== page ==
Scotland’s Second War of Independence, part 3: recovering the kingdom, 1337-41
Our series continues as we look at how the Bruce Scots, having weathered the storm of Edward III’s invasions in the mid-1330s, were able to claw back control over the kingdom, paving the way for David II to return home
Dr Iain A. MacInnes continues his reconstruction of the Second War of Independence by discussing how the Bruce Scots, having weathered the storm of Edward III’s invasions in the mid-1330s, were able to claw back control over the kingdom, paving the way for David II to return home
The campaign season of 1338 was dominated by the English siege of Dunbar Castle. Although not perhaps the most important event of the conflict, it was nonetheless a large-scale enterprise that continued for the best part of six months. The Lanercost Chronicle records that those within ‘were surrounded by a deep trench, so that they could not get out; wooden houses were constructed before the gate, and pavilions or tents were set up for the lodging of the chief persons in the army’.Those chief persons included William Montague, earl of Salisbury, Richard Fitzalan, earl of Arundel and Hugh Audley, earl of Gloucester.They did not, however, include the king. Edward III was at Berwick at the commencement of the siege, seemingly to discuss matters on the continent with some of his major nobles, but he left soon after to oversee preparations for his
expedition to the Low Countries. It was the earls, then, who were left to reduce the castle which was described by the same chronicler as being ‘irksome and oppressive to the whole district of [English-held] Lothian’.
BLACK AGNES AND DUNBAR
The defence of Dunbar was led by Agnes Dunbar (née Randolph), countess of March, known to history as ‘Black Agnes’. She was not the first noblewoman to undertake such an effort during this conflict. Indeed, she was at least the third, following the examples of Christina Bruce at Kildrummy (1335) and Katherine Beaumont at Lochindorb (1336). Agnes was, however, the noblewoman about whom the most was written due to the vigour she displayed in leading Dunbar’s defence.Walter Bower, in his Scotichronicon, relates a series of tales that emphasise Agnes’s involvement in the siege and bring her to life as more than simply a stock character of medieval history. For example, Bower noted that Countess Agnes: girl to be sent, adorned like a bride for her husband, who with a white piece of cloth or handkerchief held in her hand would wipe and gently rub the place of impact.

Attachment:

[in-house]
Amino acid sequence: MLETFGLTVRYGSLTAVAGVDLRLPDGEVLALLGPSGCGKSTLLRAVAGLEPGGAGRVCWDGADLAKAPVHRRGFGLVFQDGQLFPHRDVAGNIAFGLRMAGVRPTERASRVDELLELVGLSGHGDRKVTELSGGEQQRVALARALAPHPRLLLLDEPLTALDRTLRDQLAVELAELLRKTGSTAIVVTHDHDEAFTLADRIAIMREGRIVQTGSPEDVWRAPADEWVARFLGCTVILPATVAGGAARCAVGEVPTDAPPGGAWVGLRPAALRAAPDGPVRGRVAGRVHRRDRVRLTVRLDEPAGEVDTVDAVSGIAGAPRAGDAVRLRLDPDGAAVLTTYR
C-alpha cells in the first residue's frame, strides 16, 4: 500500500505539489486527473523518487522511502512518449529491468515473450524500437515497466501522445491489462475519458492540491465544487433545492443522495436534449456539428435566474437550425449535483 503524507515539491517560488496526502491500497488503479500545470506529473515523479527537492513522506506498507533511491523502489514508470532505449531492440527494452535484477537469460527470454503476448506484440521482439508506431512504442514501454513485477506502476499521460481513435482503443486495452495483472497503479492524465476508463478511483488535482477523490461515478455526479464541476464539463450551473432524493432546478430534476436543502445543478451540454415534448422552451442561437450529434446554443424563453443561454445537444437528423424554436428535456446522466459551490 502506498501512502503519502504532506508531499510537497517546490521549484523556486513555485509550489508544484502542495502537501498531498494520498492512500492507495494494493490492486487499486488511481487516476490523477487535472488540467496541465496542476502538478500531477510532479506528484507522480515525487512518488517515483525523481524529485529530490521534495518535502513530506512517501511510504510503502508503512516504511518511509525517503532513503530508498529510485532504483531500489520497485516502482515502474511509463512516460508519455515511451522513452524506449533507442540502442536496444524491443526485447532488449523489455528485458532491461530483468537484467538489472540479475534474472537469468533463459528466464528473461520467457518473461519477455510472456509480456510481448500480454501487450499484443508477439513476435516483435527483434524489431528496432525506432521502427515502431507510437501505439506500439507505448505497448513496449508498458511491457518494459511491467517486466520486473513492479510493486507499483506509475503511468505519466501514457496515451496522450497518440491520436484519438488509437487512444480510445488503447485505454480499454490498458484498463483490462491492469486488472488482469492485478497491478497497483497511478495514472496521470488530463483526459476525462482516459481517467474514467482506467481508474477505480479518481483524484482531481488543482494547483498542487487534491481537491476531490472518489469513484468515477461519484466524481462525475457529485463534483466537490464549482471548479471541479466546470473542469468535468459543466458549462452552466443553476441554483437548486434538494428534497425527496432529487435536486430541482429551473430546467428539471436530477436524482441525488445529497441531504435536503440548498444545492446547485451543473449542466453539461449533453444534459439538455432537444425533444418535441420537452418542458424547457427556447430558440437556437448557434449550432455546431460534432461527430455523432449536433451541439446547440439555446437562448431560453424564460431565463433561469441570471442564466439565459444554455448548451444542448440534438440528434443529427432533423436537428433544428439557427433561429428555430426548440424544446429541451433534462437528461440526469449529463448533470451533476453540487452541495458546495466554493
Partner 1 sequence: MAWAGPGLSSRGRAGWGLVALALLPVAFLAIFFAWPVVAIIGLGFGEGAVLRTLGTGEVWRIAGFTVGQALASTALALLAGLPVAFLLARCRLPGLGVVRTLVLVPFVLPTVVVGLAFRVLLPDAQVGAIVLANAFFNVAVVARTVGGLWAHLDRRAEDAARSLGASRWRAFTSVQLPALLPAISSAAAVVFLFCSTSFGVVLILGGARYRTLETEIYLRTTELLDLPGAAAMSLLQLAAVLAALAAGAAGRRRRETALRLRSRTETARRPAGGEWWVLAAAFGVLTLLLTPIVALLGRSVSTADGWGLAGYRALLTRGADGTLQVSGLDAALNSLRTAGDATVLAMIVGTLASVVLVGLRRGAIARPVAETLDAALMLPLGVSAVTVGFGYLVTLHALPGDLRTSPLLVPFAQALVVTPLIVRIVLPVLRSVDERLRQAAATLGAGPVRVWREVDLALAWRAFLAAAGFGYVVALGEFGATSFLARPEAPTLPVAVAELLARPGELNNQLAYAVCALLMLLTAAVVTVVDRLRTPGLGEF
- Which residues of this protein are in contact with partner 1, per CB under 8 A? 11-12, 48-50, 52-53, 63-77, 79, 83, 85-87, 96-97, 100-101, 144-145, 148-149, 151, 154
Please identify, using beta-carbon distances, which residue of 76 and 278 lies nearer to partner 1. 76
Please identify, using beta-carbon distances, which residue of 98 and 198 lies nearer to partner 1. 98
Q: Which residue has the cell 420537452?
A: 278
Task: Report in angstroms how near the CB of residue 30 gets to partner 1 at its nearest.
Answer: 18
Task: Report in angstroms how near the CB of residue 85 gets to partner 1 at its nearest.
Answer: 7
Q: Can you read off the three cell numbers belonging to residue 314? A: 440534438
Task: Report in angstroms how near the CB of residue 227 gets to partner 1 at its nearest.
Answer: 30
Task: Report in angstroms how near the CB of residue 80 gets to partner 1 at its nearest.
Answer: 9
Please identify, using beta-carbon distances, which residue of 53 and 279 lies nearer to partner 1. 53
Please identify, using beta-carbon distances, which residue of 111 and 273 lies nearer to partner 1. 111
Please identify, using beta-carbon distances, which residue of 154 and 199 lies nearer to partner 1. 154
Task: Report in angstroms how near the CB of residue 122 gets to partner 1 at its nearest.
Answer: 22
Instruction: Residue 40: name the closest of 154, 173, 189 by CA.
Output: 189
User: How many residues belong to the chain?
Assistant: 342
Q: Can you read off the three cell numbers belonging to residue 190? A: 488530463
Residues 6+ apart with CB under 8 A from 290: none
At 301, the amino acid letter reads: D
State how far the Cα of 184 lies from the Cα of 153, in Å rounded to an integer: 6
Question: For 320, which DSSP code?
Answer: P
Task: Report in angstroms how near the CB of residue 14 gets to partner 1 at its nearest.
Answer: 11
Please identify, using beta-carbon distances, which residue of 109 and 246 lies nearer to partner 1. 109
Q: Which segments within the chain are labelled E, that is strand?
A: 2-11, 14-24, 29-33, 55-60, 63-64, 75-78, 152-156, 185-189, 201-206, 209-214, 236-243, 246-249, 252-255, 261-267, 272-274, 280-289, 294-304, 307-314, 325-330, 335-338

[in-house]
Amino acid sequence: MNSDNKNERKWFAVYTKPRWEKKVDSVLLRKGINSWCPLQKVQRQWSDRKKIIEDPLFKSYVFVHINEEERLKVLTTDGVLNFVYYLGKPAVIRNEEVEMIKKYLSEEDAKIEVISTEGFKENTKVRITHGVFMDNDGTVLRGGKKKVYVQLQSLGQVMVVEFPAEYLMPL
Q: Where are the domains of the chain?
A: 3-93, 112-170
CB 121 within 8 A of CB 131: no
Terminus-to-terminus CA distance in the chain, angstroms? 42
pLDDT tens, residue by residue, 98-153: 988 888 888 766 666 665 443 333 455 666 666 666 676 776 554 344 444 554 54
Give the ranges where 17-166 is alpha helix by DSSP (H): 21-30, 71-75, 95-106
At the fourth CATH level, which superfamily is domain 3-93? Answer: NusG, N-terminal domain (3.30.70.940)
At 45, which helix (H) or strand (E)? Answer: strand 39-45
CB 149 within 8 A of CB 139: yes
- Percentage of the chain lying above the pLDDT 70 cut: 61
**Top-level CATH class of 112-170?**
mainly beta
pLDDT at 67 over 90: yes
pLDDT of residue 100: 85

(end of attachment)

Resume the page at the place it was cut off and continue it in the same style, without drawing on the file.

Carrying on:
When the earl of Salisbury had a siege engine known as a ‘sow’ created to provide his troops with covered access to the castle walls, Countess Agnes in turn had a stone launched from one of her siege engines which struck the sow and dashed to pieces those sheltering under it. She apparently mocked the English once more by crying ‘Montague, Montague, beware, for your sow will farrow!’ And when the earl of Salisbury thought he had gained entrance to the castle by bribing one of its gate-keepers, the tables were turned and almost led to the capture Montague himself. He was only saved from his fate by the quick-thinking of the English knight, John Coupland, who pulled the earl out of the way and was taken by the Scots instead. Bower wrote again of Countess Agnes’s derision of the English attackers, calling ‘Adieu Monsieur Montague’ to the relieved earl.
While the English forces lay before Dunbar Castle, however, the Bruce Scots were busy elsewhere. Alexander Ramsay of Dalhousie led a raid across the border, potentially in an attempt to draw the besiegers away from Dunbar. William Douglas of Liddesdale was active in Lothian and ambushed forces from the garrison of Edinburgh Castle when they were raiding the local countryside. Amongst those captured was the garrison’s commander, John Stirling. Deciding to make use of his captives, Douglas took them back to Edinburgh and displayed them to the remaining garrison within the castle. He demanded that the garrison surrender, offering them safe conduct to return to England with their lives and goods if they did so, but threatening to execute every one of his prisoners if they did not.The garrison called Douglas’ bluff and refused. Contemporary notions of good behaviour meant that Douglas was required to provide safety to his prisoners after their capture and surrender, as long as they were noble of course. And the garrison likely knew this and could be relatively safe in the knowledge that Douglas would not carry out his threats. Indeed, he did not, and sent his prisoners off to captivity instead. Interestingly, though, these actions may have had a direct impact on a very similar event that occurred soon after.
For John Randolph, earl of Moray,
AFTER SIX MONTHS OF SIEGE, DUNBAR AND ITS GARRISON HAD SUCCESSFULLY HELD OUT, AND AS THE CHRONICLE EVIDENCE SUGGESTS, MUCH OF THE CREDIT FOR THAT WENT TO COUNTESS AGNES
in English custody after his capture in 1335, was brought before the walls of Dunbar Castle in much the same way as John Stirling had been at Edinburgh. Randolph was the brother of Countess Agnes of Dunbar and, it was assumed, pressure could be put on her to surrender if she wished no harm to come to her sibling. But the Lanercost Chronicle, echoing the view of her provided by Bower, reported that Countess Agnes refused to surrender on the basis that Dunbar was her husband’s castle, not that of her brother. Moreover, as she went on to say, if the English executed Earl John then that would simply result in her becoming heir to the earldom of Moray as her brother had no children of his own. And so, just as with Douglas at Edinburgh, the English did not carry out their threats and instead returned the earl of Moray to his captivity in England.